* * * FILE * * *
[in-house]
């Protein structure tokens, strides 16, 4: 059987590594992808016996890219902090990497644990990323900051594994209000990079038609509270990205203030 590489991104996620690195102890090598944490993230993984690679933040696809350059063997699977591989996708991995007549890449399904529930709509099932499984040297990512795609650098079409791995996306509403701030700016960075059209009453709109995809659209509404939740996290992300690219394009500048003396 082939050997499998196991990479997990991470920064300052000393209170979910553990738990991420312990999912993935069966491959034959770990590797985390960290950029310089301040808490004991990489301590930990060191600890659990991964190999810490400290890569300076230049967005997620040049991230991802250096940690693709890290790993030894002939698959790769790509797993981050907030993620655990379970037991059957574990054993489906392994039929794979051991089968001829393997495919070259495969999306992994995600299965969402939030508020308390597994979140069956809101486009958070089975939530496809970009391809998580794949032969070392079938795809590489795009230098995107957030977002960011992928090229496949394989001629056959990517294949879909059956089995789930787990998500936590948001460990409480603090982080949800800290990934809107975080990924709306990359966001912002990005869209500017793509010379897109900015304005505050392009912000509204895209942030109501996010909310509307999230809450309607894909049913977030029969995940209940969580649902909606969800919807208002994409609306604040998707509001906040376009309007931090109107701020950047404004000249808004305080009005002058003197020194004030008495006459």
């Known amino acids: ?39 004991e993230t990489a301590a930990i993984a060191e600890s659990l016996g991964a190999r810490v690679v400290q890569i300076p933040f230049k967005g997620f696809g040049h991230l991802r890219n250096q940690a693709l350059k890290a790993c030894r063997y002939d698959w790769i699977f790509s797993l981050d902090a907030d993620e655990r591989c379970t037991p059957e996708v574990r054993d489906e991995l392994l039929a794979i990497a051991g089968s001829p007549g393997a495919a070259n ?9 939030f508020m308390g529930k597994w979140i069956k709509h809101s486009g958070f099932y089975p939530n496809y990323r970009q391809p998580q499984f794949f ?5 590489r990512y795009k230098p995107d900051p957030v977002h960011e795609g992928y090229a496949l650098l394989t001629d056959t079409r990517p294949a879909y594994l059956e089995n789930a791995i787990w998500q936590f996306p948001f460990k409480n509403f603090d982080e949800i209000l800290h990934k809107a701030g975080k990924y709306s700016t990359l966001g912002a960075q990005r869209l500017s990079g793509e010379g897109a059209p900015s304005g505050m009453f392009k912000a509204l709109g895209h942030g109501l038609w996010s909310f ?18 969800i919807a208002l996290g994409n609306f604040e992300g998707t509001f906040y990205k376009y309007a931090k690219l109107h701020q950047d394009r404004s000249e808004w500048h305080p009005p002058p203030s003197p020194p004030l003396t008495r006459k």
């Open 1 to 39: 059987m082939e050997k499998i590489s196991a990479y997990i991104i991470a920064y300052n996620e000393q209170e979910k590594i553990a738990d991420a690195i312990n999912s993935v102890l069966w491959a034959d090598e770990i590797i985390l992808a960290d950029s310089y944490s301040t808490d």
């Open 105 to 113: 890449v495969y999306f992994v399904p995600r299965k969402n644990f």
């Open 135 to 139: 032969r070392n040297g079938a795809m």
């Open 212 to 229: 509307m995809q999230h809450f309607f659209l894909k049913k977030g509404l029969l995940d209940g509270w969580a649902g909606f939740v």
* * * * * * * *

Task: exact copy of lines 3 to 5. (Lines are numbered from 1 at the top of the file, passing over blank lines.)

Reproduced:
């Known amino acids: ?39 004991e993230t990489a301590a930990i993984a060191e600890s659990l016996g991964a190999r810490v690679v400290q890569i300076p933040f230049k967005g997620f696809g040049h991230l991802r890219n250096q940690a693709l350059k890290a790993c030894r063997y002939d698959w790769i699977f790509s797993l981050d902090a907030d993620e655990r591989c379970t037991p059957e996708v574990r054993d489906e991995l392994l039929a794979i990497a051991g089968s001829p007549g393997a495919a070259n ?9 939030f508020m308390g529930k597994w979140i069956k709509h809101s486009g958070f099932y089975p939530n496809y990323r970009q391809p998580q499984f794949f ?5 590489r990512y795009k230098p995107d900051p957030v977002h960011e795609g992928y090229a496949l650098l394989t001629d056959t079409r990517p294949a879909y594994l059956e089995n789930a791995i787990w998500q936590f996306p948001f460990k409480n509403f603090d982080e949800i209000l800290h990934k809107a701030g975080k990924y709306s700016t990359l966001g912002a960075q990005r869209l500017s990079g793509e010379g897109a059209p900015s304005g505050m009453f392009k912000a509204l709109g895209h942030g109501l038609w996010s909310f ?18 969800i919807a208002l996290g994409n609306f604040e992300g998707t509001f906040y990205k376009y309007a931090k690219l109107h701020q950047d394009r404004s000249e808004w500048h305080p009005p002058p203030s003197p020194p004030l003396t008495r006459k």
């Open 1 to 39: 059987m082939e050997k499998i590489s196991a990479y997990i991104i991470a920064y300052n996620e000393q209170e979910k590594i553990a738990d991420a690195i312990n999912s993935v102890l069966w491959a034959d090598e770990i590797i985390l992808a960290d950029s310089y944490s301040t808490d």
């Open 105 to 113: 890449v495969y999306f992994v399904p995600r299965k969402n644990f």